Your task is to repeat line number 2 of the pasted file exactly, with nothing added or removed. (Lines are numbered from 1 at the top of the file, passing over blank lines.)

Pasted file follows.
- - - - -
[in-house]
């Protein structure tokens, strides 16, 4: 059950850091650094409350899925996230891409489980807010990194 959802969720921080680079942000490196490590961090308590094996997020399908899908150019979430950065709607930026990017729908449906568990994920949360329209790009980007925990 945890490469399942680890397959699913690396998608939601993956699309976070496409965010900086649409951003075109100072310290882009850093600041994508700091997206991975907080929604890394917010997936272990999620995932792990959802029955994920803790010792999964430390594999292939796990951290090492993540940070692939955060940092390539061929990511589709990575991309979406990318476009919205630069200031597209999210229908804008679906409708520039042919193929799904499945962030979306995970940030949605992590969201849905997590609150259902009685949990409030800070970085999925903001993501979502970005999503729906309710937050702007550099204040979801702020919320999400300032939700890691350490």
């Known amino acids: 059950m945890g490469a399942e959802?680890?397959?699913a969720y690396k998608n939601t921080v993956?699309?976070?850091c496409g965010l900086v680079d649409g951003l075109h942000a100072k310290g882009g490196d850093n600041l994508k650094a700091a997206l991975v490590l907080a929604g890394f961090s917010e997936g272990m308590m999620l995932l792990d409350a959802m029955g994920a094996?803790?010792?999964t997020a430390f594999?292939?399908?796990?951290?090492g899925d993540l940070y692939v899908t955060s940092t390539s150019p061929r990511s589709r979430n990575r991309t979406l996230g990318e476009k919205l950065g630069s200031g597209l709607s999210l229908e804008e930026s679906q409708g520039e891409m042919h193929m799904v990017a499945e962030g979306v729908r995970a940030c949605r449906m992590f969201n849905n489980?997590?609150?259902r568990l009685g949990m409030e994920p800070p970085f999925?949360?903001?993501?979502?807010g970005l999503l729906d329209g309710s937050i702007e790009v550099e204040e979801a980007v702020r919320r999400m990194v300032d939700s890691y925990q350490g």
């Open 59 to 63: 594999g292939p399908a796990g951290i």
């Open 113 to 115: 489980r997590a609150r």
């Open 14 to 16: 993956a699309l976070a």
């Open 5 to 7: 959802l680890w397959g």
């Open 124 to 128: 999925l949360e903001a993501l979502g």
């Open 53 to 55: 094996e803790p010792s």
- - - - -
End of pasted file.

């Protein structure tokens, strides 16, 4: 059950850091650094409350899925996230891409489980807010990194 959802969720921080680079942000490196490590961090308590094996997020399908899908150019979430950065709607930026990017729908449906568990994920949360329209790009980007925990 945890490469399942680890397959699913690396998608939601993956699309976070496409965010900086649409951003075109100072310290882009850093600041994508700091997206991975907080929604890394917010997936272990999620995932792990959802029955994920803790010792999964430390594999292939796990951290090492993540940070692939955060940092390539061929990511589709990575991309979406990318476009919205630069200031597209999210229908804008679906409708520039042919193929799904499945962030979306995970940030949605992590969201849905997590609150259902009685949990409030800070970085999925903001993501979502970005999503729906309710937050702007550099204040979801702020919320999400300032939700890691350490």